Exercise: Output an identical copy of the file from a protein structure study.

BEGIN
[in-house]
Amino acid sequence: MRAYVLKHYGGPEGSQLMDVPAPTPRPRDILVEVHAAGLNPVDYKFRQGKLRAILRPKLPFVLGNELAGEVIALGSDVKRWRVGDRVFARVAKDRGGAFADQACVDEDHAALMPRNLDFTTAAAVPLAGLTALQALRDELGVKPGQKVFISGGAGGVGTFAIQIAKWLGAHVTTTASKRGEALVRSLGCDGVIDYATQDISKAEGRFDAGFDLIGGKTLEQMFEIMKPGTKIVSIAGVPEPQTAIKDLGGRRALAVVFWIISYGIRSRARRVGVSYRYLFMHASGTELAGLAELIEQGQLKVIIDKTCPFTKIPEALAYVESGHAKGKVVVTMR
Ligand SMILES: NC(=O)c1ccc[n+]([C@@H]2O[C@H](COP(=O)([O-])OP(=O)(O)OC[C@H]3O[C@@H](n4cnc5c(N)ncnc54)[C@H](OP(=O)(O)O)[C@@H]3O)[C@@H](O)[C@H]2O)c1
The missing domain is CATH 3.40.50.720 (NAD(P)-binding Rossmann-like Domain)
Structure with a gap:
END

[in-house]
Amino acid sequence: MRAYVLKHYGGPEGSQLMDVPAPTPRPRDILVEVHAAGLNPVDYKFRQGKLRAILRPKLPFVLGNELAGEVIALGSDVKRWRVGDRVFARVAKDRGGAFADQACVDEDHAALMPRNLDFTTAAAVPLAGLTALQALRDELGVKPGQKVFISGGAGGVGTFAIQIAKWLGAHVTTTASKRGEALVRSLGCDGVIDYATQDISKAEGRFDAGFDLIGGKTLEQMFEIMKPGTKIVSIAGVPEPQTAIKDLGGRRALAVVFWIISYGIRSRARRVGVSYRYLFMHASGTELAGLAELIEQGQLKVIIDKTCPFTKIPEALAYVESGHAKGKVVVTMR
Ligand SMILES: NC(=O)c1ccc[n+]([C@@H]2O[C@H](COP(=O)([O-])OP(=O)(O)OC[C@H]3O[C@@H](n4cnc5c(N)ncnc54)[C@H](OP(=O)(O)O)[C@@H]3O)[C@@H](O)[C@H]2O)c1
The missing domain is CATH 3.40.50.720 (NAD(P)-binding Rossmann-like Domain)
Structure with a gap: